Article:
• You can optimize each step of the funnel to either increase your top-line revenue or decrease the number of leads needed. Adjustments close to the bottom of the funnel will have a larger compound effect.


How I’ve Built a 24/7 Personal Brand Machine

Over the last couple of months, dozens of people have asked me about my personal brand.

They’ve either read one of my articles (like you’re doing right now), listened to a podcast, watched a vlog, seen a Tweet or a LinkedIn post, etc.

Some of them are surprised. Others are intrigued. And there’s a few that want to get started as well.

They know that I’m the CEO of Jakt, plus I moderate a community for service-based business owners, and I have recently launched The Polpo Group. How do I have time to create content at scale?

But, before I walk you step-by-step on how I’m doing it –and how you can too if you are interested–

Let’s start with why:

I started Jakt, a digital product and innovation studio, 7+ years ago. I launched it from my tiny apartment in New York City. And I don’t want to pull the “rags to riches” cliche, but I was barely scraping by in the beginning.

So I closed my eyes and worked. Obsessively (I’m now changing that). Hundred-hour weeks became the norm.

And the truth is, I did it happily. I found purpose and meaning in Jakt and LOVED helping other businesses.

Now it seems, I “woke up” 7 years later. Jakt is now a $4M/year company with over a dozen fantastic employees.

Looking back, it hasn’t been easy.

There has been a handful of moments where Jakt’s survival was threatened:

Like when my business partner left about 2 years after we founded Jakt. Or realizing I needed to improve as a leader when half my team quit in a matter of weeks –it wasn’t all my fault, but it was my responsibility. Or when we got sued… on and on. 

There were also plenty of extremely satisfying moments. The thing is, I’ve learned a fuckload over the last seven years. Both highs and lows (and probably, even more, the latter) were packed with plenty of extremely valuable lessons.

But I’ve kept my mouth shut for the last 7 years. There are different reasons for that: one, I was too busy working. And two, I didn’t think I had enough “meat” to bring to the table.

My role at Jakt has transitioned into a high-level architect.

I’m focused specifically on our strategy, vision, and having the right people around me.

That has also reduced the number of hours I work on Jakt –freeing up space for my personal brand, SBB, and the new businesses I’m spinning out of The Polpo Group. Our CFO + Accounting service for agencies is an example of that (check it out if you run one).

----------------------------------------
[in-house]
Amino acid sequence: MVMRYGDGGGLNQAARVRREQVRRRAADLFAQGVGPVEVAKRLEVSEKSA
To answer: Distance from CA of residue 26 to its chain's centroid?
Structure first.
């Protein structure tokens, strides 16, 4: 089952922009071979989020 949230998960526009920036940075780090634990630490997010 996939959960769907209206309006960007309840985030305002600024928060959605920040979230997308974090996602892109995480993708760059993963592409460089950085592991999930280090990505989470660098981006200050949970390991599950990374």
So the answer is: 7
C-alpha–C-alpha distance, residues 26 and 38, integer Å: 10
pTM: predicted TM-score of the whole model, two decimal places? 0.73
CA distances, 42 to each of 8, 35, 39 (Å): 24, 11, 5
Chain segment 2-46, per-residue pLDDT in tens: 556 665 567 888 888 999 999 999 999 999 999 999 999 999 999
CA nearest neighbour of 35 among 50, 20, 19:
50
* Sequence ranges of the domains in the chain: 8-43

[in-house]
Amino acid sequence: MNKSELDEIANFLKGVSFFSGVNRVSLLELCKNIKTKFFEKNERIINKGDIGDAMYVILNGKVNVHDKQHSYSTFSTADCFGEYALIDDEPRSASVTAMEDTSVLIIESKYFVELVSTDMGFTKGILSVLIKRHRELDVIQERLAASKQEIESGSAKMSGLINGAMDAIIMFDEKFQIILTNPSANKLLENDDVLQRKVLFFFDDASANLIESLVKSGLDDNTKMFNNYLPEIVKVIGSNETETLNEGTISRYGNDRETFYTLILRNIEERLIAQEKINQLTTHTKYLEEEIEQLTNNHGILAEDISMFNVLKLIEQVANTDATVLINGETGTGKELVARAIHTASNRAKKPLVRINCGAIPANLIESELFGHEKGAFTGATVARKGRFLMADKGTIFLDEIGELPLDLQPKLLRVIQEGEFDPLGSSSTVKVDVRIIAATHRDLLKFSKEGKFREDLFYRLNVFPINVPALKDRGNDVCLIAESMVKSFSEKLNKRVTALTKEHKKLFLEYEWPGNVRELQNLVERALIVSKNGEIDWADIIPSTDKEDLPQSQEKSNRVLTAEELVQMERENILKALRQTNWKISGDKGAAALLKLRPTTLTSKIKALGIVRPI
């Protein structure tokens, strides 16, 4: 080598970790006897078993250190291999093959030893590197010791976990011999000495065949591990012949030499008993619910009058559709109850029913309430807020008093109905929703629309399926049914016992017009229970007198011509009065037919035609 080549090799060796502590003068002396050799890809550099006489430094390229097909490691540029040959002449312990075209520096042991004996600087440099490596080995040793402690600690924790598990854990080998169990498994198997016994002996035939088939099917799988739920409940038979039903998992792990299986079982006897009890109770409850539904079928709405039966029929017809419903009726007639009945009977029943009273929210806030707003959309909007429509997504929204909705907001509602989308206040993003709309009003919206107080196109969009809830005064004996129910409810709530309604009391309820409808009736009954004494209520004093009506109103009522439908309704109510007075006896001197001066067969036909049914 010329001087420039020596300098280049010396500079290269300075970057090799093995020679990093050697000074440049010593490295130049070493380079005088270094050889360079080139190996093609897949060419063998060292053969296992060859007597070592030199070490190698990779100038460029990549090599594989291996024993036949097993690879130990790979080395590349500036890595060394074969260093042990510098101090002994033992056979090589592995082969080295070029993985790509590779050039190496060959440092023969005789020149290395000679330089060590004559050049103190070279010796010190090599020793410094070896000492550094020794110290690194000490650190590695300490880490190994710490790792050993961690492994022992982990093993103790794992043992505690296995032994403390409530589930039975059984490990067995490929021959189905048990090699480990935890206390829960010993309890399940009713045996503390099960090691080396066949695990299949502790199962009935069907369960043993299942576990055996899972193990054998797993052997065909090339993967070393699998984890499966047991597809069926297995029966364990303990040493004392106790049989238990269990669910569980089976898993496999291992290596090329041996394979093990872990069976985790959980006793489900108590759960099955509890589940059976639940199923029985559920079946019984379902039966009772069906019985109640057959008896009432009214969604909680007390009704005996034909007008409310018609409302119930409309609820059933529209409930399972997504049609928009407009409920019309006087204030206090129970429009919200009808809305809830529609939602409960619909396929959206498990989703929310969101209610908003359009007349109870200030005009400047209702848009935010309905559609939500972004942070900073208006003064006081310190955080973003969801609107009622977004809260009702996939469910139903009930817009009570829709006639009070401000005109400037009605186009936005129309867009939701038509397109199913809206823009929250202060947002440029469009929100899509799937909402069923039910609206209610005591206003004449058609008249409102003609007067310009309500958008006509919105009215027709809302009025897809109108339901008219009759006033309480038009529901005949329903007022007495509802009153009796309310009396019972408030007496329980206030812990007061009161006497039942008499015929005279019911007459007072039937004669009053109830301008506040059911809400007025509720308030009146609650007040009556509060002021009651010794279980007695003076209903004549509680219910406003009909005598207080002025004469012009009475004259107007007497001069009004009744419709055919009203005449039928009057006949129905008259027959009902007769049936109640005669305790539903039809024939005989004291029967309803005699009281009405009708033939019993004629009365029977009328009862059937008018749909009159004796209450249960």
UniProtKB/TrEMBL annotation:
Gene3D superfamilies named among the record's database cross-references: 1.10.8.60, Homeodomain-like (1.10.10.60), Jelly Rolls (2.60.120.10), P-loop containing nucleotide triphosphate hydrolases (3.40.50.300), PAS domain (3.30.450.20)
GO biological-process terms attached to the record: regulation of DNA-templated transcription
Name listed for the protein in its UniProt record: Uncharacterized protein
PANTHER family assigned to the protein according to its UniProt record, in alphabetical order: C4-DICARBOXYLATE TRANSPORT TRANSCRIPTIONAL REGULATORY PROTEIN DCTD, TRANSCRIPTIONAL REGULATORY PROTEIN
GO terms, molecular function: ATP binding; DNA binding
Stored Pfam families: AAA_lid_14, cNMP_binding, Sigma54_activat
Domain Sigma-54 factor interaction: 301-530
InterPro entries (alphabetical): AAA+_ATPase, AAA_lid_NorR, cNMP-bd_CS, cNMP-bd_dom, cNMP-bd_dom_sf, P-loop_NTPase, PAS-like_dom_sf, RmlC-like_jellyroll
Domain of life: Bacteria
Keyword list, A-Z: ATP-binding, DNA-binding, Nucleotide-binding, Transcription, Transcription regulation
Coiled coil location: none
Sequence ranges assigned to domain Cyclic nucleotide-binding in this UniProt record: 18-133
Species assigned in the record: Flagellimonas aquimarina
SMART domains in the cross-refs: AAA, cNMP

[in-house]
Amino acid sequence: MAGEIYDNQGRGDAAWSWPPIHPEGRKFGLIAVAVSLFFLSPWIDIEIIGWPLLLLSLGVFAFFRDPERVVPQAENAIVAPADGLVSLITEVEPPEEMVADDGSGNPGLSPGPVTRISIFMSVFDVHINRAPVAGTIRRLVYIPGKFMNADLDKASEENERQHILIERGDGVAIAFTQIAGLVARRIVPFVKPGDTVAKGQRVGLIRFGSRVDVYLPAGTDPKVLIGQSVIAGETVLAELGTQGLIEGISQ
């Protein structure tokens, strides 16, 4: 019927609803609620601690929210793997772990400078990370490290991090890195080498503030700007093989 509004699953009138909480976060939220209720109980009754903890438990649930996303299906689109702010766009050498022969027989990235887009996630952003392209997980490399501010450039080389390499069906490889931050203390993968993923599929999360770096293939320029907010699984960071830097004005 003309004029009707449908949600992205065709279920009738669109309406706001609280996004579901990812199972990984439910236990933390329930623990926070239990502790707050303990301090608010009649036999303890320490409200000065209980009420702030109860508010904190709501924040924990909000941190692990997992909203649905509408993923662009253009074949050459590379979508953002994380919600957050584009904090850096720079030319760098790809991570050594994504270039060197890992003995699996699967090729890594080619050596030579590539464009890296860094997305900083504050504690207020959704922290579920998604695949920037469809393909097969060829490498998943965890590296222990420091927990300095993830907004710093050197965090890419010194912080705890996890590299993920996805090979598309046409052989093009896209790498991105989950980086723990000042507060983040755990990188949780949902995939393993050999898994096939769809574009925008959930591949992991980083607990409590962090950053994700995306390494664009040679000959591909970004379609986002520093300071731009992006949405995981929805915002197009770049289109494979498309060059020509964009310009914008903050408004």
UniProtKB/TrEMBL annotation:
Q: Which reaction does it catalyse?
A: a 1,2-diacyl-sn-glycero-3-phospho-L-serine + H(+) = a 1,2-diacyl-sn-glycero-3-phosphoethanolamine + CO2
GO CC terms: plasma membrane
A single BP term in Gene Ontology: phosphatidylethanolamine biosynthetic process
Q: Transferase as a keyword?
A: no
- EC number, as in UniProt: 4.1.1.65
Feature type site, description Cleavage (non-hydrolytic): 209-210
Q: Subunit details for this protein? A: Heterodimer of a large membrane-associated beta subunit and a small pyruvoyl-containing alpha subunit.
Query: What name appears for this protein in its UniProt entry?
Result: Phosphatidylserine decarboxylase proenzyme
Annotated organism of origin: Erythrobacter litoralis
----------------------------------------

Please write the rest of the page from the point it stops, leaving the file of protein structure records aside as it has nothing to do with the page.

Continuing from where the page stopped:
At the same time, I now think I have enough experience to add to the conversation. While I haven’t seen it all, I’ve seen a lot –and I only create content about what I know anyway.

My personal brand is an investment. My honest goal is to build an audience that trusts me, my content, and my experience by adding a disproportionate amount of value. And then redirect that attention to present and future business ventures.

I am finally ready to get started. So that’s why and why now. Let’s talk about how.

A 24/7 Content Machine

I look at my personal brand as it’s own little business. As such, I’m applying principles I use to run Jakt + the other Polpo Group companies to this.

You can’t build a 24/7 content machine all by yourself. Seriously, this would be a 100+ hours/week if I had decided to fly solo. There’s just no way one person could do all of it.

So, something I’ve learned about building your personal brand (it’s all still fairly new to me), is to not do it alone –as long as you can afford it. But building teams and gaining leverage is something I have experience with.

For my personal brand, I see myself, once again, as the CEO and architect. My job is to set up systems, tools, and find the right people. There are obviously things that only you can do –be on video, talk on podcasts…–, but don’t be afraid to push other decisions out to your team.

That has helped me reduce the number of hours I dedicate to it. Instead of spending all my time on producing and content distribution, I spent the first month getting the “machine” set up.

I found the right people, implemented the right systems, created and refined our workflow, etc. It went from almost 20 hours per week in December 2018 to less than 5 hours per week in January 2019.

You’ll see how there’s just no way I could do this alone. Really, I am now spending roughly 20h/month, but it looks like I’m posting 24/7. Well, it’s because my systems have created that constant flow.

Let me run you through a week’s worth of content so that you understand the magnitude of what I’m talking about:

Written Content

This is how I use written content:

  • 3x 1,000-word articles (like this one). Publish them on my blog, Medium, Quora, Linkedin and create snippets for Twitter. We sometimes submit them to Forbes, Entrepreneur, etc. for wider distribution + SEO.